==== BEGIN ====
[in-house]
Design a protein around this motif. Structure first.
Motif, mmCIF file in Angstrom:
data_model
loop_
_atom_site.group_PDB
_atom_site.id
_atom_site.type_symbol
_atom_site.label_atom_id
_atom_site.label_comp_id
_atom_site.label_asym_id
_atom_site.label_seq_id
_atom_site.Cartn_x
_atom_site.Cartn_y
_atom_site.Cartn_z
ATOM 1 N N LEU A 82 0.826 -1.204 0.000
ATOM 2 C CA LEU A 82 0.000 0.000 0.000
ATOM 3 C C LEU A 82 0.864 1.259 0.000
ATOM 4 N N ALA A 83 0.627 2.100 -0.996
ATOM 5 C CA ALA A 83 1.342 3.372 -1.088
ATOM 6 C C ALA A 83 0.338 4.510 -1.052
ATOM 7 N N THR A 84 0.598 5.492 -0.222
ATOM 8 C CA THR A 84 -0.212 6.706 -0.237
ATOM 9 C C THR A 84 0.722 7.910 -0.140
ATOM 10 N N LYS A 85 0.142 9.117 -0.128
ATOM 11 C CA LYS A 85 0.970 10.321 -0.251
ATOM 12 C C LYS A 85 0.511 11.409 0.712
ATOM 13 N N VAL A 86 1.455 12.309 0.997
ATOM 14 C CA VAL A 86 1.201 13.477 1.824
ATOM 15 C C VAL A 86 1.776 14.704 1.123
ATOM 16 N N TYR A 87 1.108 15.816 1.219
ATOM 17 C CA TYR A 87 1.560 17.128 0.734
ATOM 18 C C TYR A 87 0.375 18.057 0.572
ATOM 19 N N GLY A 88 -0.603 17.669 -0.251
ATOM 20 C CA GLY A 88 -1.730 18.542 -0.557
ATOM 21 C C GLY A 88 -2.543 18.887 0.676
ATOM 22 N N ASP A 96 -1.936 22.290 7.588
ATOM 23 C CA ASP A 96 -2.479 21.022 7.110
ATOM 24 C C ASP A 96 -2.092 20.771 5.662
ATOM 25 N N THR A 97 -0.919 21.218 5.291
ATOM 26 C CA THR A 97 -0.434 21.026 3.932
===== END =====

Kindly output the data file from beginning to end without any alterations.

[in-house]
Design a protein around this motif. Structure first.
Motif, mmCIF file in Angstrom:
data_model
loop_
_atom_site.group_PDB
_atom_site.id
_atom_site.type_symbol
_atom_site.label_atom_id
_atom_site.label_comp_id
_atom_site.label_asym_id
_atom_site.label_seq_id
_atom_site.Cartn_x
_atom_site.Cartn_y
_atom_site.Cartn_z
ATOM 1 N N LEU A 82 0.826 -1.204 0.000
ATOM 2 C CA LEU A 82 0.000 0.000 0.000
ATOM 3 C C LEU A 82 0.864 1.259 0.000
ATOM 4 N N ALA A 83 0.627 2.100 -0.996
ATOM 5 C CA ALA A 83 1.342 3.372 -1.088
ATOM 6 C C ALA A 83 0.338 4.510 -1.052
ATOM 7 N N THR A 84 0.598 5.492 -0.222
ATOM 8 C CA THR A 84 -0.212 6.706 -0.237
ATOM 9 C C THR A 84 0.722 7.910 -0.140
ATOM 10 N N LYS A 85 0.142 9.117 -0.128
ATOM 11 C CA LYS A 85 0.970 10.321 -0.251
ATOM 12 C C LYS A 85 0.511 11.409 0.712
ATOM 13 N N VAL A 86 1.455 12.309 0.997
ATOM 14 C CA VAL A 86 1.201 13.477 1.824
ATOM 15 C C VAL A 86 1.776 14.704 1.123
ATOM 16 N N TYR A 87 1.108 15.816 1.219
ATOM 17 C CA TYR A 87 1.560 17.128 0.734
ATOM 18 C C TYR A 87 0.375 18.057 0.572
ATOM 19 N N GLY A 88 -0.603 17.669 -0.251
ATOM 20 C CA GLY A 88 -1.730 18.542 -0.557
ATOM 21 C C GLY A 88 -2.543 18.887 0.676
ATOM 22 N N ASP A 96 -1.936 22.290 7.588
ATOM 23 C CA ASP A 96 -2.479 21.022 7.110
ATOM 24 C C ASP A 96 -2.092 20.771 5.662
ATOM 25 N N THR A 97 -0.919 21.218 5.291
ATOM 26 C CA THR A 97 -0.434 21.026 3.932